Too often I saw people who were very good at their particular jobs assume the next logical step was management. But, not only are there fewer management spots (typical employee to manager ratio being 10:1) – i.e., we can’t all be managers – but being a top performer in a functional area does not automatically make you a good manager.
Some have tried management and either it was decided for them or they decided for themselves that it wasn’t a good fit after all. Although it sometimes appears that certain people inherently make good managers, admittedly there are also those who adapt well to the new responsibilities and challenges with structured management training and guidance.
A third category includes those who choose not to pursue management as a career path. In my experience, this can carry with it negative perceptions that the individual is not ambitious, primarily when they’re seen as having potential. And yet their colleagues may consciously or subconsciously gravitate toward them as unofficial leaders they trust and want to follow for knowledge, guidance, alliances, etc., which might even be lacking in their formal leaders.
Raising the Bar
Even in organizations large enough to have a Learning & Development (L&D) team, there is rarely an official career trajectory and associated learning plan for the non-management track. Mostly we see training initiatives devoted to new hires, new managers, and high potentials. Individuals’ choices might be relegated to a smattering of random or open courses in a leadership management system or perhaps they take the initiative to pursue learning opportunities at a university or through an association.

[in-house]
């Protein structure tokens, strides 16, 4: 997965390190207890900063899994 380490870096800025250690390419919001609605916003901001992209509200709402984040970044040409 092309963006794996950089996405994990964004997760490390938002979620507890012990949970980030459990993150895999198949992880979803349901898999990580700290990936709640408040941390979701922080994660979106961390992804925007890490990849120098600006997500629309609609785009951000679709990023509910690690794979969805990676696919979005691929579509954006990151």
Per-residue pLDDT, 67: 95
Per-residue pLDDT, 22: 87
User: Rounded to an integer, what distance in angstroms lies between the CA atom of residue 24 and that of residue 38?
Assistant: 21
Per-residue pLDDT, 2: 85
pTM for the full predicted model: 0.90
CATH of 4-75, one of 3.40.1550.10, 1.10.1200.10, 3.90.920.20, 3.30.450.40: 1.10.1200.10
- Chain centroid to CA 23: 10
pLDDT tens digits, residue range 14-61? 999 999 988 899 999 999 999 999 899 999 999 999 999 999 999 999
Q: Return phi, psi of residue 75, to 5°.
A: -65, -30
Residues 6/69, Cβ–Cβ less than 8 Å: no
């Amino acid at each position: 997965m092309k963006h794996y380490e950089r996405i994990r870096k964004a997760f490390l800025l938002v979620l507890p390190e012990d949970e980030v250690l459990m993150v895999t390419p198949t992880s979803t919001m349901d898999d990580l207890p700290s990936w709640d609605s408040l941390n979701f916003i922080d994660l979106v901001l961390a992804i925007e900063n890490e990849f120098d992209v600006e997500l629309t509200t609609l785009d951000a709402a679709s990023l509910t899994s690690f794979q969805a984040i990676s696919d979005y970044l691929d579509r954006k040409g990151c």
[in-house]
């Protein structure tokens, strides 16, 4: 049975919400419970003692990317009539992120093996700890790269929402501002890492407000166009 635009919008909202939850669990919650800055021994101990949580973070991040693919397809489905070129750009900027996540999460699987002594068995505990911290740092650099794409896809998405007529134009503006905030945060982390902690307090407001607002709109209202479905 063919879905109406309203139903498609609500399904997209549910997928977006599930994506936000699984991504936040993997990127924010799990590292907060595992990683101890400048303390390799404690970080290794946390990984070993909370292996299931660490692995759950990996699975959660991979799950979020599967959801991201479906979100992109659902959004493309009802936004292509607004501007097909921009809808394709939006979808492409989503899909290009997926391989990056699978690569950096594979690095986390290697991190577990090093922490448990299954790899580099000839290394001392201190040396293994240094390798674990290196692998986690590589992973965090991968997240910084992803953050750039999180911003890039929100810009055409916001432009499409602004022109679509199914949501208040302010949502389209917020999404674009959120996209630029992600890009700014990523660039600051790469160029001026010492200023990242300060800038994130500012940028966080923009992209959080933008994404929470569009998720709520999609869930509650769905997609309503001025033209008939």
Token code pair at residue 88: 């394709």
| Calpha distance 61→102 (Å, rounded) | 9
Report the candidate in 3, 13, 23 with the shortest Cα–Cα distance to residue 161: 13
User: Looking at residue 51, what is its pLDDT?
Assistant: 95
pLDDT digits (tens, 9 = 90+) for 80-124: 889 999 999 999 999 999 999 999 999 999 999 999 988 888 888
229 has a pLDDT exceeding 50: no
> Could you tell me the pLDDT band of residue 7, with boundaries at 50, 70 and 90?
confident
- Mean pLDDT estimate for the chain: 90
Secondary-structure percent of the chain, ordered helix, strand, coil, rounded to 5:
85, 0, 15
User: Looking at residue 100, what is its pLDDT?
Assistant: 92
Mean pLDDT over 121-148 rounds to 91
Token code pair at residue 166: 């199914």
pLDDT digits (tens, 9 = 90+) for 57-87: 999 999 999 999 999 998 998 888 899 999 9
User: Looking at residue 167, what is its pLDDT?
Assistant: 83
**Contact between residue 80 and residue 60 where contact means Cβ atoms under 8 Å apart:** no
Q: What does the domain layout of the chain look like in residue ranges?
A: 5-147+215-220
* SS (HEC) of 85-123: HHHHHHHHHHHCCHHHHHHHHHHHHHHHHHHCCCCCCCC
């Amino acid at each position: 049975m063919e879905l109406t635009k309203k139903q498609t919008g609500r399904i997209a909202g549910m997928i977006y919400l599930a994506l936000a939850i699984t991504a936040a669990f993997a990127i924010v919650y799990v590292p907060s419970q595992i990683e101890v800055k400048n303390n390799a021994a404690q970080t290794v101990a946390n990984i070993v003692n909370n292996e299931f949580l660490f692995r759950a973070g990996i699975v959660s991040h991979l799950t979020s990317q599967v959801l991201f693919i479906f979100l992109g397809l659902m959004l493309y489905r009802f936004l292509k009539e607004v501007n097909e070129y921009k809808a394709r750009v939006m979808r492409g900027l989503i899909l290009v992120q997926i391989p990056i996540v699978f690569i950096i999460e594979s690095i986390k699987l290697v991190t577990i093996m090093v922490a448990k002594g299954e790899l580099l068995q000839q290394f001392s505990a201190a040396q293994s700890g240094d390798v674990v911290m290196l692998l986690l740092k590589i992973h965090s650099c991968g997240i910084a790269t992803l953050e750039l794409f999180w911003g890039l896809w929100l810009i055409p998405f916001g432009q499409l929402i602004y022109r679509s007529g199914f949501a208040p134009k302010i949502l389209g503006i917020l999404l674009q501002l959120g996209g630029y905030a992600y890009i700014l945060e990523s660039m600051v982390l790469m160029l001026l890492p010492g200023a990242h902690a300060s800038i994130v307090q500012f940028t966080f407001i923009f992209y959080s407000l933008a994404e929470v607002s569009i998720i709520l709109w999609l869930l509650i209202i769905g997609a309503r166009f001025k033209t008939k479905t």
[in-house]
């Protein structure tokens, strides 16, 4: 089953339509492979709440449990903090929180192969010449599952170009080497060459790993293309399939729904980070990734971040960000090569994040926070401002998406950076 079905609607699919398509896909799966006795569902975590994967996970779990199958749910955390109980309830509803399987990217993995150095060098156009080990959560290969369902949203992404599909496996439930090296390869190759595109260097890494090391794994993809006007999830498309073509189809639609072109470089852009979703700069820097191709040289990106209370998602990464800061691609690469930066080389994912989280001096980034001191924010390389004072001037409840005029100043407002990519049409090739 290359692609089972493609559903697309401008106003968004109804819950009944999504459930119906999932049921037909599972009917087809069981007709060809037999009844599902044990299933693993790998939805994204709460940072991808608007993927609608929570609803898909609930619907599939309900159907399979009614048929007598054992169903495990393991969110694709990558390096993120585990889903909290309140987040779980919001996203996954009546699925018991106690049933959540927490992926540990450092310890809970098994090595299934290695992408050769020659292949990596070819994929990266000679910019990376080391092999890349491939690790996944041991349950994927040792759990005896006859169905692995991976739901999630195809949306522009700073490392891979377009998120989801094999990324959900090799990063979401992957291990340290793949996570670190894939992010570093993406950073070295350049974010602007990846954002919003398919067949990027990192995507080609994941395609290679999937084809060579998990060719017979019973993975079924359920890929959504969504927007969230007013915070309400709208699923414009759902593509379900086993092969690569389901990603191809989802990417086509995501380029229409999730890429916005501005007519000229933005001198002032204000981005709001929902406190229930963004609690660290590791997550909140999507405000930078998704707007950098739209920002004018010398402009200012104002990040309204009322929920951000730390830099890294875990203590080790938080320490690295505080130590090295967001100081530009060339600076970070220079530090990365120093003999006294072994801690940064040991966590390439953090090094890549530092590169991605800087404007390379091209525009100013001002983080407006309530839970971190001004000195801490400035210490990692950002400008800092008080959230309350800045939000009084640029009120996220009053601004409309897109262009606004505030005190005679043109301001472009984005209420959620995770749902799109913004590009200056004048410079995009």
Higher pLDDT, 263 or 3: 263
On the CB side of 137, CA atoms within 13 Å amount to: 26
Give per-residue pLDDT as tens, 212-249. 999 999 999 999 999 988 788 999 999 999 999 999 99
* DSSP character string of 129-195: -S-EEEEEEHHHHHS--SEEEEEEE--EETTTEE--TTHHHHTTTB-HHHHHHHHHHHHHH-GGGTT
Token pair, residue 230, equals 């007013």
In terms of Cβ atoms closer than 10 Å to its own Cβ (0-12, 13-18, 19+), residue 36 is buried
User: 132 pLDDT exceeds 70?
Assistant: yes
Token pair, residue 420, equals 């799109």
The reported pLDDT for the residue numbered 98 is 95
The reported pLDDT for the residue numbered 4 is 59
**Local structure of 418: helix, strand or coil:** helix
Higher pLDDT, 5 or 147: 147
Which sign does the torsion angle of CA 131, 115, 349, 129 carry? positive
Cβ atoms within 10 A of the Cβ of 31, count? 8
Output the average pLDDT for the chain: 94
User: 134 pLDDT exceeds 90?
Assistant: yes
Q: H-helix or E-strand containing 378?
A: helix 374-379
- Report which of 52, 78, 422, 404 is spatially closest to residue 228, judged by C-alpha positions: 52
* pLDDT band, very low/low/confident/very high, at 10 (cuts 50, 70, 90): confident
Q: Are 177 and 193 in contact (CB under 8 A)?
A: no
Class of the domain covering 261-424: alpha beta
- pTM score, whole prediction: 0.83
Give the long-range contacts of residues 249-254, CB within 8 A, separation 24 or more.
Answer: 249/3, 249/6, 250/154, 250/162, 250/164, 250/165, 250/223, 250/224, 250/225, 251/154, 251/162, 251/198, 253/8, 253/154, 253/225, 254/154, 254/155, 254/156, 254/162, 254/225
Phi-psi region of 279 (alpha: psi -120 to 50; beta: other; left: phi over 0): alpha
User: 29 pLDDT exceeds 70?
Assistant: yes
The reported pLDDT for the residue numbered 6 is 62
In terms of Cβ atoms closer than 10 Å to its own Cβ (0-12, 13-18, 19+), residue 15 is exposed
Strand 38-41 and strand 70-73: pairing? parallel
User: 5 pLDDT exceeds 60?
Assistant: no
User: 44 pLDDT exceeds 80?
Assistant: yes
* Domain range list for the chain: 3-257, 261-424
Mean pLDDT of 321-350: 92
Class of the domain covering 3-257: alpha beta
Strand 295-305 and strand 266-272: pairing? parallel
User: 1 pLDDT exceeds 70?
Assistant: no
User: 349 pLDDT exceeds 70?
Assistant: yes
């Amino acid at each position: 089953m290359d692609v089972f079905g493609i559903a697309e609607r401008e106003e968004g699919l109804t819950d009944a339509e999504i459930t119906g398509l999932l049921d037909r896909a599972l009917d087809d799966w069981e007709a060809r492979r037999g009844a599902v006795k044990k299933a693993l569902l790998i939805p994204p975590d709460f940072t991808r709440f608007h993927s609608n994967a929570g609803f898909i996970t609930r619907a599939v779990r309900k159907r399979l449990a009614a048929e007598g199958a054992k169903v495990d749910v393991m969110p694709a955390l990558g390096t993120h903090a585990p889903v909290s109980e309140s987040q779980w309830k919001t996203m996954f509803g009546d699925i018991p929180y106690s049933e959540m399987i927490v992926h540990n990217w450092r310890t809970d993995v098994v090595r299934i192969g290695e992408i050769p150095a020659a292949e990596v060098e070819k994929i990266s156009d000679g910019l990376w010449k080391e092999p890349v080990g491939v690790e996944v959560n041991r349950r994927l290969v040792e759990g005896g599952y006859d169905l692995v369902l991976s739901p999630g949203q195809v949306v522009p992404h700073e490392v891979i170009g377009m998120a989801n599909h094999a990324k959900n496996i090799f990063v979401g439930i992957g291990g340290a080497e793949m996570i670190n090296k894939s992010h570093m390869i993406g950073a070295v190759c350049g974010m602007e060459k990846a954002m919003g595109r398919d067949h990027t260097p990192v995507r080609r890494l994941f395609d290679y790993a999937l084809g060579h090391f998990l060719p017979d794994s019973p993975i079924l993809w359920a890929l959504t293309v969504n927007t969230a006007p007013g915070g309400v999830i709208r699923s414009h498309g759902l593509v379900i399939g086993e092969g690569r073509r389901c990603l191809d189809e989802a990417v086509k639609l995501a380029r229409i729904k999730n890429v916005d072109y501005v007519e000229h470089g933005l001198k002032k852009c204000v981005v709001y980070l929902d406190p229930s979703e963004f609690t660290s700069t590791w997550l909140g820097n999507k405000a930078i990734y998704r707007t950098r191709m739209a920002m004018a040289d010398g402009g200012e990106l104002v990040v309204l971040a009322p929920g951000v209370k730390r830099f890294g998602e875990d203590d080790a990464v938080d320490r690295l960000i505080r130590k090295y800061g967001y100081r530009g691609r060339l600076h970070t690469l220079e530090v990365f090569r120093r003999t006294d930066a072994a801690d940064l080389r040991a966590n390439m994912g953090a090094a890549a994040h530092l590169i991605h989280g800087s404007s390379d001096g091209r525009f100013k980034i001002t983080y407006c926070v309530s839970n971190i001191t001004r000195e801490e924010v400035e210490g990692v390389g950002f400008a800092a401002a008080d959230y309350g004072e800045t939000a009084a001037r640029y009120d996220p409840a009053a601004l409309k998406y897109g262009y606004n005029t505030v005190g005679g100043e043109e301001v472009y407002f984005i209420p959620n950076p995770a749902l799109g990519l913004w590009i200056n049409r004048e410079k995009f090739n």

But the programs that we see marketed (internally or externally) as leadership development are targeted to those who are in or being groomed for formal leadership positions. The context for discussion, exercises, reflection and so on are typically geared toward decisions and challenges related to supervisees.
Building a Capacity for Self Leadership
Many companies have Learning and Development priorities, but rather than continuing to focus on a fairly narrow audience, I believe it’s crucial to figure out how to adapt programs to have broader relevance to an expanded definition of “high potentials.” The capacity for self leadership should be understood and facilitated as a primary step that emphasizes inward reflection to enhance external interactions. It may be a precursor to formal leadership, and is still of tremendous value on its own.
When the bar is raised in terms of self leadership competencies, individuals, teams and the enterprise are better off. In this way, we expand our bench, we encourage growth, and we nurture the hidden, subtle or overt potential that exists. As a result, organizations are “led” by more confident and competent communicators, whose focus and trustworthiness are highly valued. Everyone becomes an agent of change, thus preventing extinction and ensuring the company’s success over mere survival.
Rachel DiGiammarino is a learning and development professional. She is director of business development at Accordence, Inc., a global training company helping employees enhance their professional skills. She serves on the UVM Continuing and Distance Education Board of Advisors.
This piece was originally published on the Accordence.com blog.